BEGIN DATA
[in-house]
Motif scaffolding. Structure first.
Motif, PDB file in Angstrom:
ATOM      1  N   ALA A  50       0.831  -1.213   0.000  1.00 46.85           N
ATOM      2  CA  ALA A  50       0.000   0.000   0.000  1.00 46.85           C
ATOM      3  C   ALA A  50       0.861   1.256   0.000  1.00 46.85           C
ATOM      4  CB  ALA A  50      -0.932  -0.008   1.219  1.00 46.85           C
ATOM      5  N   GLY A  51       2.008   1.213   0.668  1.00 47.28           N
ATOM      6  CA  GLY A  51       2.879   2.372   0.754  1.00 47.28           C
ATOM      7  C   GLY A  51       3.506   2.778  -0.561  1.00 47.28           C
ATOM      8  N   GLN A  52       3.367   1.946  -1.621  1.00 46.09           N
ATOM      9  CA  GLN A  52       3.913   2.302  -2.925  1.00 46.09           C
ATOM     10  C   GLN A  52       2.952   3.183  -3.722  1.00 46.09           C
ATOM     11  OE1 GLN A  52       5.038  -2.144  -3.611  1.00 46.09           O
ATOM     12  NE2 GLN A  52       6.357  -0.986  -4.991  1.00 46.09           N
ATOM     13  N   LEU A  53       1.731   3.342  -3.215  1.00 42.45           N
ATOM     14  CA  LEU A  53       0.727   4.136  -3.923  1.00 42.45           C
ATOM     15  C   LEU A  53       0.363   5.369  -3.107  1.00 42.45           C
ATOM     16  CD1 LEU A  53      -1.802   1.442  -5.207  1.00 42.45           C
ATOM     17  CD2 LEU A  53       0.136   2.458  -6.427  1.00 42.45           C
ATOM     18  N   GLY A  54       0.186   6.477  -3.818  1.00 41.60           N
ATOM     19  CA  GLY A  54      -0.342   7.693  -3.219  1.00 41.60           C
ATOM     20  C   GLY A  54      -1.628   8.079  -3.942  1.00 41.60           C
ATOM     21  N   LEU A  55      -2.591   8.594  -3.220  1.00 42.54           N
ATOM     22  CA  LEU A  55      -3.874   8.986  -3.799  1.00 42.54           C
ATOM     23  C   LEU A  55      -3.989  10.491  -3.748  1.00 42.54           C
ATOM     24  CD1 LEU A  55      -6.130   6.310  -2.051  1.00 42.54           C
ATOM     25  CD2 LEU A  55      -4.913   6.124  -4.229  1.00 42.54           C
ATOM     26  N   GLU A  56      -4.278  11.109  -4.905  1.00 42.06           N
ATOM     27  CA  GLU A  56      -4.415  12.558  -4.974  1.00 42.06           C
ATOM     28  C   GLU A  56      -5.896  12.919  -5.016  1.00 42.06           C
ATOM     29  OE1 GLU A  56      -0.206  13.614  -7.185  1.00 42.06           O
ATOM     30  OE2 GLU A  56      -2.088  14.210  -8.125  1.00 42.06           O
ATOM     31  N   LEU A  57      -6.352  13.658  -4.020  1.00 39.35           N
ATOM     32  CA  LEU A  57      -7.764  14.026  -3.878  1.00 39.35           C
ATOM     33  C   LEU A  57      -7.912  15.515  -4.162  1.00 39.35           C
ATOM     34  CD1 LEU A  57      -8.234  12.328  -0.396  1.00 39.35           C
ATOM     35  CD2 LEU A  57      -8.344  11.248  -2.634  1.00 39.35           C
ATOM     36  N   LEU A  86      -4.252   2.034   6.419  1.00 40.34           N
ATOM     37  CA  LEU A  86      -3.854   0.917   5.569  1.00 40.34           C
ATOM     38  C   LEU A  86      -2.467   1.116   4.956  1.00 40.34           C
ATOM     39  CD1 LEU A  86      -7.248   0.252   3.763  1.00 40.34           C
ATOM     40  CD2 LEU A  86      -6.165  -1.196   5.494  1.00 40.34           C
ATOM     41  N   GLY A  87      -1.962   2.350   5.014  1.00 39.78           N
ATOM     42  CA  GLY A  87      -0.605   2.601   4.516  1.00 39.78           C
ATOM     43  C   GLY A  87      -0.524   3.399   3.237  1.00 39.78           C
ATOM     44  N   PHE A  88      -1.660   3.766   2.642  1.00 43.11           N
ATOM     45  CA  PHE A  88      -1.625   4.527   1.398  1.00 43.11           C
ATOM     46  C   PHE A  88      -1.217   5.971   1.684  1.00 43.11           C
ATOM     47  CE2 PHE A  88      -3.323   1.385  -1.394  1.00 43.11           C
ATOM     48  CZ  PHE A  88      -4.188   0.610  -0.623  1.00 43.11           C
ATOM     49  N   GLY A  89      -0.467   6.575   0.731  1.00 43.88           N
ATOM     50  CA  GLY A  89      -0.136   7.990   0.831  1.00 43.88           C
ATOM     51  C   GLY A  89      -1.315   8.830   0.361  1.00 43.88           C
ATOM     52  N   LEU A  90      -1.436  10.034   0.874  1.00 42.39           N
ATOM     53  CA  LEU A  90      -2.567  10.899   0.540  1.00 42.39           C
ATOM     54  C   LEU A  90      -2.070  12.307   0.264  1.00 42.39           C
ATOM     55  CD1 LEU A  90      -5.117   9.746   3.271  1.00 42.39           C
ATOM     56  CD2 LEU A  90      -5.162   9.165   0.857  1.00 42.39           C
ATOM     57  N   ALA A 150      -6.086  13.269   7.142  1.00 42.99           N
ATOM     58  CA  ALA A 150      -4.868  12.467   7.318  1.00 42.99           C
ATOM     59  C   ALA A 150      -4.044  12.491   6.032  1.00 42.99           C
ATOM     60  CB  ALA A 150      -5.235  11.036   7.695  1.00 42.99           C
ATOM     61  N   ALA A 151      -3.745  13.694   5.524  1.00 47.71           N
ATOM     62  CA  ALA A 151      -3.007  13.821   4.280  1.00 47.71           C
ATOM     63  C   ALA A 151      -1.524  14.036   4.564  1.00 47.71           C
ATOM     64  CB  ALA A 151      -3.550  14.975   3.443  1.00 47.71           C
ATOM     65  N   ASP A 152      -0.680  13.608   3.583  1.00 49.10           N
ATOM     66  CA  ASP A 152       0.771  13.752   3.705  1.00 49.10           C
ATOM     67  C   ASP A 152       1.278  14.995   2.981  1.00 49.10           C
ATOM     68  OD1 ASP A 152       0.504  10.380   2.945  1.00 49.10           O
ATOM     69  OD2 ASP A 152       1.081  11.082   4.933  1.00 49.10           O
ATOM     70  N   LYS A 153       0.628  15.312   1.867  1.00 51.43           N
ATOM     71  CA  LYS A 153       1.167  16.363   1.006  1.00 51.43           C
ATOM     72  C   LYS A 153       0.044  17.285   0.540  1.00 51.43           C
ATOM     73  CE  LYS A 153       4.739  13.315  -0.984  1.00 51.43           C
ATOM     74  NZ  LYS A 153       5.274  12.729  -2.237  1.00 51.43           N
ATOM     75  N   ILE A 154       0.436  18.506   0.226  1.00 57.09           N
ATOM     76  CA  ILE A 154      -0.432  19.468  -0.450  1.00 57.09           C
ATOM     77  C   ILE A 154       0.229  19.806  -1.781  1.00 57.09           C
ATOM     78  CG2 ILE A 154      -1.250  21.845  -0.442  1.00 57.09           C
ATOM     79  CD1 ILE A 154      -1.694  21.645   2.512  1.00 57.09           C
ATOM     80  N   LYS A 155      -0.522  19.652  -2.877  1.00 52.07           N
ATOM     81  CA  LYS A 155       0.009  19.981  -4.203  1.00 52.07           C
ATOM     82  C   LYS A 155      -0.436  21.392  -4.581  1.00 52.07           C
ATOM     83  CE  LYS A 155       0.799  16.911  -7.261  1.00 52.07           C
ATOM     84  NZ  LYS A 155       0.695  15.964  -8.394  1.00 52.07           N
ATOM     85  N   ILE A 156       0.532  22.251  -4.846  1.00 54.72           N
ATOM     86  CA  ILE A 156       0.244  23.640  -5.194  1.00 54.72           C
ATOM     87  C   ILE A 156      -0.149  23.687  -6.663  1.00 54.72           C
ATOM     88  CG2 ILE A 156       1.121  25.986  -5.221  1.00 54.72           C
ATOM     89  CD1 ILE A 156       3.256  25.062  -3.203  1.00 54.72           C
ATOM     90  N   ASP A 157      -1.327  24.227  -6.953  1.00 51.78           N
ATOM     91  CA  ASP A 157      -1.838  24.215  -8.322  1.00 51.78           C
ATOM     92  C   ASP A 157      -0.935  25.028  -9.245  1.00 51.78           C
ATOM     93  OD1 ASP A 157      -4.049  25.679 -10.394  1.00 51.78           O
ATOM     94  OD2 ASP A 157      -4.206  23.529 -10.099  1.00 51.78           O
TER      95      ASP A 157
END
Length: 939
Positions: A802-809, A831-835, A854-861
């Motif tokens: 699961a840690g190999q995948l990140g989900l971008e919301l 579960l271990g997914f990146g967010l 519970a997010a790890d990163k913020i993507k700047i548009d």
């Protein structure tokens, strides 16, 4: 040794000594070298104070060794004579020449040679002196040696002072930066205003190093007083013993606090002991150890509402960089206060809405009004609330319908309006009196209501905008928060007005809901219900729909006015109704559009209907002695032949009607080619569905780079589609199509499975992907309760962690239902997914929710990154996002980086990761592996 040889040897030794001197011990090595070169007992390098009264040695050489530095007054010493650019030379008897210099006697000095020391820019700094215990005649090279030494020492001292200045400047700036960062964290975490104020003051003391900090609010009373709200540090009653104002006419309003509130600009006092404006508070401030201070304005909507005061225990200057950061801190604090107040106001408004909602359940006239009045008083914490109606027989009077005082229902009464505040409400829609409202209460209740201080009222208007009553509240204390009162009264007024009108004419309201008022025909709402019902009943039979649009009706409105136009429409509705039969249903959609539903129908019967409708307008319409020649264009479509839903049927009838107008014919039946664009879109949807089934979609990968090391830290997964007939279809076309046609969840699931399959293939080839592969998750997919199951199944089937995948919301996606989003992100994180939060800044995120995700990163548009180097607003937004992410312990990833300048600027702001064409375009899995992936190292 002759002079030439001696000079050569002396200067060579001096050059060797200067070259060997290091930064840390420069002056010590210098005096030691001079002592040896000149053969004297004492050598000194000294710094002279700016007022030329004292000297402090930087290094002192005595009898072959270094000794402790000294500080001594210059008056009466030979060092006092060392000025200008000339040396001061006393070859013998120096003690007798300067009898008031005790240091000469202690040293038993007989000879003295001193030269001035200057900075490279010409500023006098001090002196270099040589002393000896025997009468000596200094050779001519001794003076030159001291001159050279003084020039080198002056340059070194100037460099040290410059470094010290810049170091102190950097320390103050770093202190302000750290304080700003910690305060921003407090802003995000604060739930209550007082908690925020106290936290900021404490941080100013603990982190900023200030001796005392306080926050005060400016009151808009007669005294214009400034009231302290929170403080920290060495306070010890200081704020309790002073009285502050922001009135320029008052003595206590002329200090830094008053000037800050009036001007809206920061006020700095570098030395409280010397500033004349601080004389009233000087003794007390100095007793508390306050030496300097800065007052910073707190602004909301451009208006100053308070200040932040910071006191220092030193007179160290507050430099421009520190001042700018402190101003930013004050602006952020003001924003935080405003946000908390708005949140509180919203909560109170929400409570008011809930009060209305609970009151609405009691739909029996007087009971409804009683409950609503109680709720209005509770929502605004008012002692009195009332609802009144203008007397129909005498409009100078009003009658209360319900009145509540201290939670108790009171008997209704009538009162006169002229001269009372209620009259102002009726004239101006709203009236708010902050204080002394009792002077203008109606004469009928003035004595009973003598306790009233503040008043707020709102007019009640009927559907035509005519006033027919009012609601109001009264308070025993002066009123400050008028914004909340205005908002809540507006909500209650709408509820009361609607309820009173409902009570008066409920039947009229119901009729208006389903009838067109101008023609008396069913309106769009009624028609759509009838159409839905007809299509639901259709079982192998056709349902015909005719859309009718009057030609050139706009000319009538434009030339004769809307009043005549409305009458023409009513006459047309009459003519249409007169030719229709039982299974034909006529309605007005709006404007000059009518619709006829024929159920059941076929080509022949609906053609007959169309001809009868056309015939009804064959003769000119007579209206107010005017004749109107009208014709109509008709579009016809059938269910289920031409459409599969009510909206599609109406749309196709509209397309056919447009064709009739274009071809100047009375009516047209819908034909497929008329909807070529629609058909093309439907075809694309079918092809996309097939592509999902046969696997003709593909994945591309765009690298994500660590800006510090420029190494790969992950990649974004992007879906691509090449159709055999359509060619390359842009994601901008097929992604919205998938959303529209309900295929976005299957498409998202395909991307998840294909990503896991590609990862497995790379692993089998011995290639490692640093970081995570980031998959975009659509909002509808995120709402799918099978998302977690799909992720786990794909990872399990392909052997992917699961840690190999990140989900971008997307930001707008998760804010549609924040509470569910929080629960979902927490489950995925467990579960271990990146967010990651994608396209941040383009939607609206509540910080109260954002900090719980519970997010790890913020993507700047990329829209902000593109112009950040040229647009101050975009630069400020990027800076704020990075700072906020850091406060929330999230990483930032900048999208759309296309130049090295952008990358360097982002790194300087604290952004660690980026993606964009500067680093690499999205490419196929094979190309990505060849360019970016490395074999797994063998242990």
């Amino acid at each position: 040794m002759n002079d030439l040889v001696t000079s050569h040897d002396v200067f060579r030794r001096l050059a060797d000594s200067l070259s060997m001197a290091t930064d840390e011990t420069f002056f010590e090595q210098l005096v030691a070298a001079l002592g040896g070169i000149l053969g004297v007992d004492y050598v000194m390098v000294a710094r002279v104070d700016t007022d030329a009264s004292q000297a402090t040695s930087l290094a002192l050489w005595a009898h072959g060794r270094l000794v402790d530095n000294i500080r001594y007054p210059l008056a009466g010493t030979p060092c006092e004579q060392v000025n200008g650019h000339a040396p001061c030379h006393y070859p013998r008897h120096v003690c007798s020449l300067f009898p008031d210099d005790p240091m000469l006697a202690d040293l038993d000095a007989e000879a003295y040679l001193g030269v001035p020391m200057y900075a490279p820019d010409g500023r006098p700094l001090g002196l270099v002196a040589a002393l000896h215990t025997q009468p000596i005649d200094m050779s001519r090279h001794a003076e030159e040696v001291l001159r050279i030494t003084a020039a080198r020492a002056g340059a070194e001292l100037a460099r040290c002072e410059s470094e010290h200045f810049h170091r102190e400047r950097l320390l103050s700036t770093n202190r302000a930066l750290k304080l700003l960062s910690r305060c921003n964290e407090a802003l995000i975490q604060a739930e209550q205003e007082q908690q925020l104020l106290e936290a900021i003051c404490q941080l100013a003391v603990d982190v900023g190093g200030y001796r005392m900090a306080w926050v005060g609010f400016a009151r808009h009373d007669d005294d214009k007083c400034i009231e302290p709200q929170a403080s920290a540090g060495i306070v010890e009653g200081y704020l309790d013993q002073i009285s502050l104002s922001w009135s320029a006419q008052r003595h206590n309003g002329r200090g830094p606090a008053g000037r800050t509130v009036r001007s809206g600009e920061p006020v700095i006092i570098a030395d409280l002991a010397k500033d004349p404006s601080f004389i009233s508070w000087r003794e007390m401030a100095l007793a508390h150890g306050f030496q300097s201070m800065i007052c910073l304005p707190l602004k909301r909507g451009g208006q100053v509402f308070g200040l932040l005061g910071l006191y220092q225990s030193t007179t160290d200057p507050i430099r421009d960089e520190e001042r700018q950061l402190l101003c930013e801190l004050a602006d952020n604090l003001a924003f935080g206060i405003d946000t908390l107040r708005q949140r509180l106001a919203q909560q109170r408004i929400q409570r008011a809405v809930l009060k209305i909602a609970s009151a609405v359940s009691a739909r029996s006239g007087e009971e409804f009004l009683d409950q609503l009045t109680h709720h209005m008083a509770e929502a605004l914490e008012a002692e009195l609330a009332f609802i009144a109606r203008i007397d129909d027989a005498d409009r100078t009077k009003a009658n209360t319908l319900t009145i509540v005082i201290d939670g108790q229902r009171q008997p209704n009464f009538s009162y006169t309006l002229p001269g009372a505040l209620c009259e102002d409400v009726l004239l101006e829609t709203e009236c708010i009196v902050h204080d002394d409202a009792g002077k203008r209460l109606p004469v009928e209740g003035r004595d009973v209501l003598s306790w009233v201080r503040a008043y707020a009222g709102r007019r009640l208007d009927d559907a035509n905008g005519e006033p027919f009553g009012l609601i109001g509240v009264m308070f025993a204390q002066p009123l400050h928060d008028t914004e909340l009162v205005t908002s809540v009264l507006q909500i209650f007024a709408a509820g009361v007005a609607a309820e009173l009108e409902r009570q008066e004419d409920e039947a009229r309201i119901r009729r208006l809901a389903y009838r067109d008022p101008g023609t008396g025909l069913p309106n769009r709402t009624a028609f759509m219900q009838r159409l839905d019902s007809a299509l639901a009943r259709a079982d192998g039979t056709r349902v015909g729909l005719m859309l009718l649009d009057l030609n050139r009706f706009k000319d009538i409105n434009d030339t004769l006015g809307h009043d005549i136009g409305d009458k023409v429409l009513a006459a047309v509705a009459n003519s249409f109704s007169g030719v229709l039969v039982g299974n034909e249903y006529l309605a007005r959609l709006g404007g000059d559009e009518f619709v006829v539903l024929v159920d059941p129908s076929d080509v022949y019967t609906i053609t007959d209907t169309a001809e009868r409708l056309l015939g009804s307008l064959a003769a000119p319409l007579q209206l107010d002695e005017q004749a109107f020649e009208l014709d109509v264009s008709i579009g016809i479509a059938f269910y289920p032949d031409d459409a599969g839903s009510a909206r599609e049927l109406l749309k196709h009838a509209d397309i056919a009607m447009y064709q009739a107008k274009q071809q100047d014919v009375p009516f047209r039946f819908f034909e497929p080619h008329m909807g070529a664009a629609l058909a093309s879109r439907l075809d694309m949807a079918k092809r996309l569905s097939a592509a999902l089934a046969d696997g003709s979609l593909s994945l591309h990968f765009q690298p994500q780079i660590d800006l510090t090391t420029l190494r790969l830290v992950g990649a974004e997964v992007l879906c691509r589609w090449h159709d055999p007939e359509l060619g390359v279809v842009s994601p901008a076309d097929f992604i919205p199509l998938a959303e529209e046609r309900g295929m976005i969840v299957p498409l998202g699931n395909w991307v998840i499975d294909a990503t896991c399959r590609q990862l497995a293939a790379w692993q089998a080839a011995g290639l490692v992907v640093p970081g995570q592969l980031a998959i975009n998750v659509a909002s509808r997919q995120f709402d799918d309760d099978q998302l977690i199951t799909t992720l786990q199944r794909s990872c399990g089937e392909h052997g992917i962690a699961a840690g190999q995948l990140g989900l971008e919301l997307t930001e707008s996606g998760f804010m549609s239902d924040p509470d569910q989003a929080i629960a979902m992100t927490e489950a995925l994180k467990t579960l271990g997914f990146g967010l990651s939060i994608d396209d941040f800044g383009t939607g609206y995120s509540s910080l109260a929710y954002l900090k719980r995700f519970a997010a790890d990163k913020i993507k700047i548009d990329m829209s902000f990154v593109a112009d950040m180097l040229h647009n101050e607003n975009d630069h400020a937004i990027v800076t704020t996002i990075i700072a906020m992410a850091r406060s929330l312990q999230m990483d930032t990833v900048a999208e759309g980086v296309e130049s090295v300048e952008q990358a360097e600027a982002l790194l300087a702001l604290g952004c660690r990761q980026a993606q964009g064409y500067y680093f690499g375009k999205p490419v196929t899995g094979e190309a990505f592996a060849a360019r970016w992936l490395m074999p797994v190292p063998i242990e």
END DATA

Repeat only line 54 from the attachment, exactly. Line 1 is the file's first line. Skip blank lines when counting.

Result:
ATOM     51  C   GLY A  89      -1.315   8.830   0.361  1.00 43.88           C